Last week I had the opportunity to attend TEDx OregonStateU here in Corvallis and I had a few ideas from those talks for blog posts. One of them was prompted by the talk given by David Edelstein, a Senior VP at the Grameen Foundation.
I won’t try and repeat what David had to say, you can see it for yourself once the talks are available on YouTube, but the gist of it was about people David referred to as the “Unbanked”, people in developing nations, and even the poor in many developed nations, who do not have the necessary resources to open a bank account or get credit. These folks cannot take advantage of the financial world around them at all, and are left to dealing with Payday loan type places when they have a need for money. Obviously, this isn’t good.
But, mobile technology is changing that. Think about how many financial transactions are already accomplished with your mobile device? Using the Starbucks app, using Uber, online banking apps, taking payments with Square? What if a cell phone carrier could, in exchange for keeping the mobile customer, offer financial products tied to the phone? What if people without access to banks could use their phone as a debit card substitute, with an added ability to pay head against an automated deposit?
It really opens up some intriguing possibilities, and the technology already exists and is being used.
As David was talking about this, I had only one thought.
Given all the financial and health info going mobile, mobile phone security is a huge issue. #mydisruption
— Mike McBride (@mikemac29) February 13, 2015
I’m surrounded by the world of forensics and cybersecurity as part of my role in eDiscovery every day, so perhaps my view is a bit skewed, but I started to think about what kind of financial information is on my phone, and I’m not one who uses my phone for a lot of this stuff. (I’m not an early adopter of Apple Pay or Google Wallet, for example.) Still, if I were to lose my phone, I’d be depending on my passcode to prevent access to apps that absolutely do have access to financial information. Someone with my phone in their hands could order up Uber rides all day long and have them charged to me, and might be able to grab enough information from my iTunes account, emails, and various other apps to get a good head start on hacking the rest of my information. In my case, the damage would be limited because I don’t do a lot with my phone and I don’t access some information over a cell phone network, but if I was dependent on my mobile device for my financial services, I’d be in a world of hurt.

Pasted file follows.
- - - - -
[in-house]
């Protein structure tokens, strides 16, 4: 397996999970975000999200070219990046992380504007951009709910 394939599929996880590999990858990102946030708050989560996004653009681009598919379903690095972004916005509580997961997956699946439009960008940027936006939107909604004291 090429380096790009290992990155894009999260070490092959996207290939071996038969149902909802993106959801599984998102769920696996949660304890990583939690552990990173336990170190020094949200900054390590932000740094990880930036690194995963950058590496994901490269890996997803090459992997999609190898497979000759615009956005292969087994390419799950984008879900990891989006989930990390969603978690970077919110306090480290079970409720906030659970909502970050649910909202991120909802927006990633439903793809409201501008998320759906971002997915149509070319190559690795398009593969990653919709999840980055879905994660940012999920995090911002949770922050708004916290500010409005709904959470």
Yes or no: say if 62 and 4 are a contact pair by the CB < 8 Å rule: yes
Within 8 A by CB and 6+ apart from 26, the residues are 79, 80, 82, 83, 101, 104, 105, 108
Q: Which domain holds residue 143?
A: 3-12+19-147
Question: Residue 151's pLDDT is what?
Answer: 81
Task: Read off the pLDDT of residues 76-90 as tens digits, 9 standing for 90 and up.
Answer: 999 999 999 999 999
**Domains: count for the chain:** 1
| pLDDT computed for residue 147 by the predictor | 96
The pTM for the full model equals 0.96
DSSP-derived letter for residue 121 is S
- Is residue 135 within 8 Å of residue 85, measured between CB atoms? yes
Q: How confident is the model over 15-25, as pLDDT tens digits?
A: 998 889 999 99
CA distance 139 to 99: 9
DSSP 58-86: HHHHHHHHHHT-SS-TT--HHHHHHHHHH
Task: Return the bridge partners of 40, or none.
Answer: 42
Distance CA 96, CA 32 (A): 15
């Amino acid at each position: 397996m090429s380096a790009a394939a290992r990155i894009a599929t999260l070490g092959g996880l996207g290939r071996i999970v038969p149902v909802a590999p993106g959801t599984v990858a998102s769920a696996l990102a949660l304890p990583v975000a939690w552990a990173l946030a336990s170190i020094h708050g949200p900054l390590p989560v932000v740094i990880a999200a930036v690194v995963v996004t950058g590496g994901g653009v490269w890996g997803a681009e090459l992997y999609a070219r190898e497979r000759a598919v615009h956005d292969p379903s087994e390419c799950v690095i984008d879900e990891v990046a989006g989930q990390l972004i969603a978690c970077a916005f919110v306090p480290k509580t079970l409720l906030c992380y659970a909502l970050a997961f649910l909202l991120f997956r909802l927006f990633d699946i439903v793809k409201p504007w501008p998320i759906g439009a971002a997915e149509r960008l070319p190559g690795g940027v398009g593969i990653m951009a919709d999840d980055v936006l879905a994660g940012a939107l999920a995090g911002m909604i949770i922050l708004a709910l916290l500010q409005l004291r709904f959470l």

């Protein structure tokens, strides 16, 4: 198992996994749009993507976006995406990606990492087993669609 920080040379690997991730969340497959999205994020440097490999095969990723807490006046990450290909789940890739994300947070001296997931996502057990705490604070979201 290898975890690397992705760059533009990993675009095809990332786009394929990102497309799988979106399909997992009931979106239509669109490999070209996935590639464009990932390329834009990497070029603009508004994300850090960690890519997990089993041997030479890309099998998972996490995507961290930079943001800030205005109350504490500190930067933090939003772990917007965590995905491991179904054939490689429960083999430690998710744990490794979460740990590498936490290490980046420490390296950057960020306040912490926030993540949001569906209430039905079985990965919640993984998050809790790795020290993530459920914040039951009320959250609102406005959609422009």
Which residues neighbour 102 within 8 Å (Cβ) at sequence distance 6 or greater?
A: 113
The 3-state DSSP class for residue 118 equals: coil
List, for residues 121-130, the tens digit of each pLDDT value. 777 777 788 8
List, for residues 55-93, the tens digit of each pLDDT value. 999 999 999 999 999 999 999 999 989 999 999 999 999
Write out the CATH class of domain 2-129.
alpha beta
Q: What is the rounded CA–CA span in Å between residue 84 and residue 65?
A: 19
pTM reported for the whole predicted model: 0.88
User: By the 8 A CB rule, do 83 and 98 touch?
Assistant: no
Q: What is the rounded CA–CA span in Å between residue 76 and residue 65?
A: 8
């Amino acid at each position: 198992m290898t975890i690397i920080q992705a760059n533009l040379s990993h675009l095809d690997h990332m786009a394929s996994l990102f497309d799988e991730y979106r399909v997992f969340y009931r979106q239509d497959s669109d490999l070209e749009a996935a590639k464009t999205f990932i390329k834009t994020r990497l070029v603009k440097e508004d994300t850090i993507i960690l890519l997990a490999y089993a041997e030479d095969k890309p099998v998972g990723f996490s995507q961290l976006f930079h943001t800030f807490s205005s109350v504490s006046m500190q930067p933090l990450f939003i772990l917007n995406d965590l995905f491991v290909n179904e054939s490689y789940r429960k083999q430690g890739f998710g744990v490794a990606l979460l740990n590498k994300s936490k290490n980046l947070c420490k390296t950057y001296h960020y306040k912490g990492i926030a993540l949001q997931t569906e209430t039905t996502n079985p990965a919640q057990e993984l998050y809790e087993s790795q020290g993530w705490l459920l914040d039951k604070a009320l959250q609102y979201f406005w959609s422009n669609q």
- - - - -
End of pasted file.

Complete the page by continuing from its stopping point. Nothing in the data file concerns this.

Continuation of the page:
This is why it’s such an important thing that Apple and Android devices allow for encryption by default! If the government gets it’s way and gets the phone companies to disable that so that they can always get into mobile devices, then these new developments around mobile financial and health tools, may wind up doing more damage to users than offering them help. Seriously, why bother stealing money from people when you can steal their phone, and with a few technology tools, access all the financial information to get much more money from that person? Talk about an inviting target!
The best way to avoid that fate, is to take steps to make your phone less of a target, by enabling proper security measures, including having a phone that is encrypted. For these kinds of solutions to make sense, they need to be as secure as possible, period.